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Posterior Labral Tear

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Topic updated on 11/05/13 1:51am
Introduction
  • Commonly referred to as a reverse Bankart lesion
  • Epidemiology
    • demographics
      • may occur in all athletes due to trauma
      • most commonly occur in 
        • football linemen (blocking)
        • weightlifters (bench press) 
  • Pathophysiology
    • mechanism
      • usually from a posteriorly directed force with arm flexed, adducted, and internally rotated
  • Associated injuries
    • Kim lesion
      • is an incomplete and sometimes concealed avulsion of posterior labrum
Anatomy
  • Posterior labrum
    • function
      • helps create cavity-compression and creates 50% of the glenoid socket depth
      • provides posterior stability
    • anatomy
      • composed of fibrocartilagenous tissue
      • anchors posterior inferior glenohumeral ligament (PIGHL)
  • See complete Glenohumeral joint anatomy 
Presentation
  • Symptoms 
    • shoulder pain
    • sense of instability
    • mechanical symptoms (clicking, popping) with range of motion
  • Physical exam
    • posterior joint line tenderness
    • provocative tests
      • Posterior Load and Shift
      • Jerk test
        • subluxation with posteriorly applied force while arm is in flexion and internal rotation
      • Kim test
        • subluxation with posteriorly applied force as arm is dynamically adducted by examiner
Imaging
  • Radiographs
    • recommended views
      • complete shoulder series
    • findings
      • are often normal
  • MRI 
    • diagnostic study of choice
    • intra-articular contrast (MRI arthrogram) increases sensitivity for labral pathology
Treatment
  • Nonoperative
    • NSAIDs, PT
      • indications
        • first line of treatment
      • technique
        • rotator cuff strengthening and periscapular stabilization
  • Operative
    • posterior labral repair with capsulorrhaphy 
      • indications
        • extensive nonoperative management fails
      • technique
        • both open and arthroscopic techniques can be used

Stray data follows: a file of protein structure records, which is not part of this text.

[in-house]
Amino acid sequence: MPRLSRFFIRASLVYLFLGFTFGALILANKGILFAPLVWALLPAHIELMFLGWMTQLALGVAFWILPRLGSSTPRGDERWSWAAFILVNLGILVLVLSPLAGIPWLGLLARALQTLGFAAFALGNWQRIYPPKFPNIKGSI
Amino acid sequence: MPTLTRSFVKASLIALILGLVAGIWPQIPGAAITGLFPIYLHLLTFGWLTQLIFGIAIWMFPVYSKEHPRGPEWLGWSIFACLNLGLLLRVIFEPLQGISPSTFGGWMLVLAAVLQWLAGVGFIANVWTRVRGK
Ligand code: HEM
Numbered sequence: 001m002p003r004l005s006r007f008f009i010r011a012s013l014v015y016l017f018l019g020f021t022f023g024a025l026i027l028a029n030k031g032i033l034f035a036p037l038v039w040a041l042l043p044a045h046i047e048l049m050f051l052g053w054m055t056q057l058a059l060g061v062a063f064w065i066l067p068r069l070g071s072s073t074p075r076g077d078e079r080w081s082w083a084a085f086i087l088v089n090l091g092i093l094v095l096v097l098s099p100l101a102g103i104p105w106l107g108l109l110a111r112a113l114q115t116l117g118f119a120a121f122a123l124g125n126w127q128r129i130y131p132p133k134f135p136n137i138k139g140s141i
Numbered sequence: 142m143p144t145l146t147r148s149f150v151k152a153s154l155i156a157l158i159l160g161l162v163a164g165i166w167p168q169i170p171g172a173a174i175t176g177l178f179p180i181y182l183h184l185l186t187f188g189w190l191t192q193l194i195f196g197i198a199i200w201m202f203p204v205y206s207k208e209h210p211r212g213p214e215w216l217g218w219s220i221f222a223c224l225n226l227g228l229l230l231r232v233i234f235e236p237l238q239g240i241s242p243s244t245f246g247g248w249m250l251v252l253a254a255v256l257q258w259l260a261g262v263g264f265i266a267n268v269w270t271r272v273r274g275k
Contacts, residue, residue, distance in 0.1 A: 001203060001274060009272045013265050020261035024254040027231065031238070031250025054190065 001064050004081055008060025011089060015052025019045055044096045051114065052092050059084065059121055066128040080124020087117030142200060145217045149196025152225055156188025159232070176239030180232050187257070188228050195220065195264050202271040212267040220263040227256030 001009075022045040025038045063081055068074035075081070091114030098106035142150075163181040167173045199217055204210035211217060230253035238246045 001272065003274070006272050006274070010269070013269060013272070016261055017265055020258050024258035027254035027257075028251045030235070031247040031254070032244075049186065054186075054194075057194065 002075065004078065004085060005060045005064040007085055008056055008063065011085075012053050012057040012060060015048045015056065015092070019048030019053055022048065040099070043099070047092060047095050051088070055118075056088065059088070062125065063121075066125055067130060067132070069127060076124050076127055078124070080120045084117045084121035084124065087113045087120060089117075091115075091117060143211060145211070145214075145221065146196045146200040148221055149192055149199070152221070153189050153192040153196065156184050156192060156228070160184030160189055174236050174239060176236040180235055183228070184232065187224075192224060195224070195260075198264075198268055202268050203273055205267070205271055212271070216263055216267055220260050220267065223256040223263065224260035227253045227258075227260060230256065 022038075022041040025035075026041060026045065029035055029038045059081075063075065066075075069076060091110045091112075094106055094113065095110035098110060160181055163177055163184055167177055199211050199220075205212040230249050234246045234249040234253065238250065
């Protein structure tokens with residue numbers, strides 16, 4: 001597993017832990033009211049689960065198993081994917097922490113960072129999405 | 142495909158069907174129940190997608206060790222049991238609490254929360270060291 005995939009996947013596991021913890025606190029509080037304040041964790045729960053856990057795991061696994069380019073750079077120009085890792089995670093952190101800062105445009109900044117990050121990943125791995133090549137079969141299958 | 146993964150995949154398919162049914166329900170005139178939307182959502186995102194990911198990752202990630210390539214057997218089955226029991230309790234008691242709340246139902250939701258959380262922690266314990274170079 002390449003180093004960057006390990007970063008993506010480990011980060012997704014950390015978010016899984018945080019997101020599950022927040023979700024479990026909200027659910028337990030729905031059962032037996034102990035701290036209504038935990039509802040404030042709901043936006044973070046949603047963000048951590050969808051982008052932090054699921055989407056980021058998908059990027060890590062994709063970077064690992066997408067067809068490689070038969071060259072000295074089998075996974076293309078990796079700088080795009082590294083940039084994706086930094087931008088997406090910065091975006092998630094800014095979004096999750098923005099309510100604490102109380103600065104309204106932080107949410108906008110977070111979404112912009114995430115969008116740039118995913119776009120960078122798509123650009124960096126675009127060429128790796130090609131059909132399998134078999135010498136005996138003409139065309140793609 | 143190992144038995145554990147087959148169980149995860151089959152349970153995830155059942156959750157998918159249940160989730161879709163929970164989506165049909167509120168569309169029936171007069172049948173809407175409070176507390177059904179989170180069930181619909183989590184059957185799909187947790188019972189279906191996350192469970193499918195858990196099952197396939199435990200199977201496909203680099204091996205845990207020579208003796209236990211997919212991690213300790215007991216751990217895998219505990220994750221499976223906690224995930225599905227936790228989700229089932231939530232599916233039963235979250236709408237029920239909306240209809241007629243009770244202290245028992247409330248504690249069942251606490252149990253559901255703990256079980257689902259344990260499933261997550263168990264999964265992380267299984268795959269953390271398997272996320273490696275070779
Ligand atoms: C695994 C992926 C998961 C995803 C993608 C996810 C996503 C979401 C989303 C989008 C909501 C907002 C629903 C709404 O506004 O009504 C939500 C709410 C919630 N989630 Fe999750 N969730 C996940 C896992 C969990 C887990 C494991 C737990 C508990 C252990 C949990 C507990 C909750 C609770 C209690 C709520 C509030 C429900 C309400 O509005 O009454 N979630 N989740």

• probing of posterior labrum is required to rule out a subtle Kim lesion 
Complications
  • Axillary nerve palsy
    • posterior branch of the axillary nerve is at risk during arthroscopic stabilization 
      • travels within 1 mm of the inferior shoulder capsule and glenoid rim
        • is at risk during suture passage at the posterior inferior glenoid
  • Overtightening of posterior capsule
    • can lead to anterior subluxation or coracoid impingement

 

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Qbank (2 Questions)

TAG
(OBQ11.152) A 20-year-old college football offensive lineman undergoes arthroscopic right shoulder surgery for the injury shown in Figure A. Post-operatively he complains of burning pain in the region marked in yellow on Figure B. Which of the following nerves was most likely injured during the procedure? Topic Review Topic
FIGURES: A   B        

1. Radial
2. Upper subscapular
3. Lower subscapular
4. Suprascapular
5. Axillary

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Cases

http://upload.orthobullets.com/cases/1339/ct1.jpg http://upload.orthobullets.com/cases/1339/ct2.jpg http://upload.orthobullets.com/cases/1339/ct3.jpg
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Esmail AN, Getz CL, Schwartz DM, Wierzbowski L, Ramsey ML, Williams GR
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Ball CM, Steger T, Galatz LM, Yamaguchi K
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